# Reaction-diffusion systems treated as dynamical systems

I wonder if there is a good reference on reaction-diffusion systems on $$\mathbb{R}^N$$, that treats them as dynamical systems.

I have the books of Alain Haraux – Systèmes dynamiques dissipatifs et applications, and Joel Smoller – Shock waves and reaction–diffusion equations, but I look for something newer and more detailed.

I'm interested in the stability of a steady state of a homogenous reaction-diffusion system with two or three interacting populations in a general domain $$\Omega\subseteq\mathbb{R}^N$$ with $$N=2$$ or $$N=3$$ with Robin boundary conditions. They have the form:

$$\begin{cases} \dfrac{\partial y_1}{\partial t}(t,x)-d_1\Delta y_1=F_1(y_1,y_2) ,\ (t,x)\in (0,T)\times\Omega\\ \dfrac{\partial y_2}{\partial t}(t,x)-d_2\Delta y_2=F_2(y_1,y_2) ,\ (t,x)\in (0,T)\times\Omega \\ \dfrac{\partial y_1}{\partial \nu}(t,x)+b_1y_1(t,x)=\dfrac{\partial y_2}{\partial \nu}(t,x)+b_2y_2(t,x)=0,\ (t,x)\in (0,T)\times\partial\Omega \\ y_1(0,x)=y_{01}(x),\ y_2(0,x)=y_{02}(x)\ x\in\Omega\end{cases}$$

I heard from some authors in that field that the stationary problem associated with a reaction-diffusion system has exactly two positive solutions in general but they gave me only some intuitive proof of that thing. Maybe they utilize $$\omega$$-limits and some parabolic estimates, but I can't figure out how.

Here is the stationary system:

$$\begin{cases} -d_1\Delta Y_1=F_1(Y_1,Y_2) ,\ x\in\Omega\\ -d_2\Delta Y_2=F_2(Y_1,Y_2) ,\ x\in \Omega \\ \dfrac{\partial Y_1}{\partial \nu}(x)+b_1Y_1(x)=\dfrac{\partial Y_2}{\partial \nu}(x)+b_2Y_2(x)=0,\ x\in\partial\Omega\end{cases}$$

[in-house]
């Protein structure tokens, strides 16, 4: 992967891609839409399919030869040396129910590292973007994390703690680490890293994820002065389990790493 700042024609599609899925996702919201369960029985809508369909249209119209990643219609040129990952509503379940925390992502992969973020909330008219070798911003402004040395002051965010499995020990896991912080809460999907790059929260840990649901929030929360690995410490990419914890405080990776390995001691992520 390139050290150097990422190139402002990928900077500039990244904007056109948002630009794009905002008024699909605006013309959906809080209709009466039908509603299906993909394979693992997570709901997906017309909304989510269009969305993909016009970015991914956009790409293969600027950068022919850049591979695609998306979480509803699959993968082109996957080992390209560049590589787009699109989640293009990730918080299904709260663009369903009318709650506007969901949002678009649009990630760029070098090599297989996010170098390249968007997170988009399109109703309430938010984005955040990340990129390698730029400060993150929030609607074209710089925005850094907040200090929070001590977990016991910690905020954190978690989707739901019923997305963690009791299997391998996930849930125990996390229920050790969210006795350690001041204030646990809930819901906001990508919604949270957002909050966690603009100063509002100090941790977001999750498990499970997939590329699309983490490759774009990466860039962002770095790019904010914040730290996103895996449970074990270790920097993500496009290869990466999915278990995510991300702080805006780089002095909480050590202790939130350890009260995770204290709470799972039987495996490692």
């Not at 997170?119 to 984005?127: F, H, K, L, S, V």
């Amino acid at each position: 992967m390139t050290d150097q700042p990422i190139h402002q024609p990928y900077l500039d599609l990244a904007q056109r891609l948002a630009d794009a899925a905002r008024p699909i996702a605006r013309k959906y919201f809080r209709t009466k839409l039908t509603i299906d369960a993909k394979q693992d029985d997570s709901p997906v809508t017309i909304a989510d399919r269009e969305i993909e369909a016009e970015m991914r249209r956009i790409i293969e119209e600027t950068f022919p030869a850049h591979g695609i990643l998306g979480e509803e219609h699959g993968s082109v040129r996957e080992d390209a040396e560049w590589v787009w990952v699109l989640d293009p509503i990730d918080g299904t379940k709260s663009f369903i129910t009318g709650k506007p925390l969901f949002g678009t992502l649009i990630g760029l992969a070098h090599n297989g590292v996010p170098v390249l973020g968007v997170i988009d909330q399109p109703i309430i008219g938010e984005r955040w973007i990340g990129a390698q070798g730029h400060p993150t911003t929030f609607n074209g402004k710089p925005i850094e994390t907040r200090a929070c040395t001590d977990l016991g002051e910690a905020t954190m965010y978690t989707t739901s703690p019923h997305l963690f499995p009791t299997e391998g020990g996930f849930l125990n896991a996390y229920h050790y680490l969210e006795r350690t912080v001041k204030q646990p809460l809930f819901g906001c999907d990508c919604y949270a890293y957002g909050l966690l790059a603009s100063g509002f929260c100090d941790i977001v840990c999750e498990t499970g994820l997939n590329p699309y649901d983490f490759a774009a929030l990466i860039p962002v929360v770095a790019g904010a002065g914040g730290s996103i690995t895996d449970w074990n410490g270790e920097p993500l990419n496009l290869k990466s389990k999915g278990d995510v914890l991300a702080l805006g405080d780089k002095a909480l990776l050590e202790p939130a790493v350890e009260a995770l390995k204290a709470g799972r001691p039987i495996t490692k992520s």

I can't figure this out even for a single population, that is why if:

$$\begin{cases} \dfrac{\partial y}{\partial t}(t,x)-d\Delta y=F(y) ,\ (t,x)\in (0,T)\times\Omega\\ \dfrac{\partial y}{\partial \nu}(t,x)+by(t,x)=0,\ (t,x)\in (0,T)\times\partial\Omega\\ y(0,x)=y_{0}(x),\ x\in\Omega\end{cases}$$

then the stationary problem:

$$\begin{cases} -d\Delta Y=F(Y) ,\ x\in\times\Omega\\ \dfrac{\partial Y}{\partial \nu}(x)+bY(x)=0,\ x\in \partial\Omega\end{cases}$$

has exactly two positive solutions: $$Y=0$$ and other strictly positive?

I wonder if there is a book treating this type of problems in details.

However, you will not find there general recipes for your second question and that's why. A stationary state, say $$y_{0}(x)$$, can be homogeneous (given by constant functions $$y_{0}(x) \equiv y_{0})$$ and non-homogeneous ($$y_{0}(x)$$ is not constant). For Robin conditions the only homogeneous state is $$0$$ (I assume $$b \not = 0$$ and $$F(0)=0$$). To find non-homogeneous states you have to solve a nonlinear PDE that is impossible to do analytically. So, the only way is to provide qualitative analysis of the equation that shows at least the existence (or non-existence) of non-homogeneous states (and their number if we get lucky). This highly relies on the structure of the nonlineraity $$F$$. For example, when $$F$$ is Lipschitz with a small Lipschitz constant, then the zero will be usually globally stable and there cannot be non-homogeneous states. Increasing the Lipschitz constant you may get the pitchfork bifurcation (the appearance of two non-homogeneous stationary states in a neighbourhood of zero) and so on. So, the result you mentioned (on the exsitence and number of non-homogeneous states) must use some very specifity of $$F$$.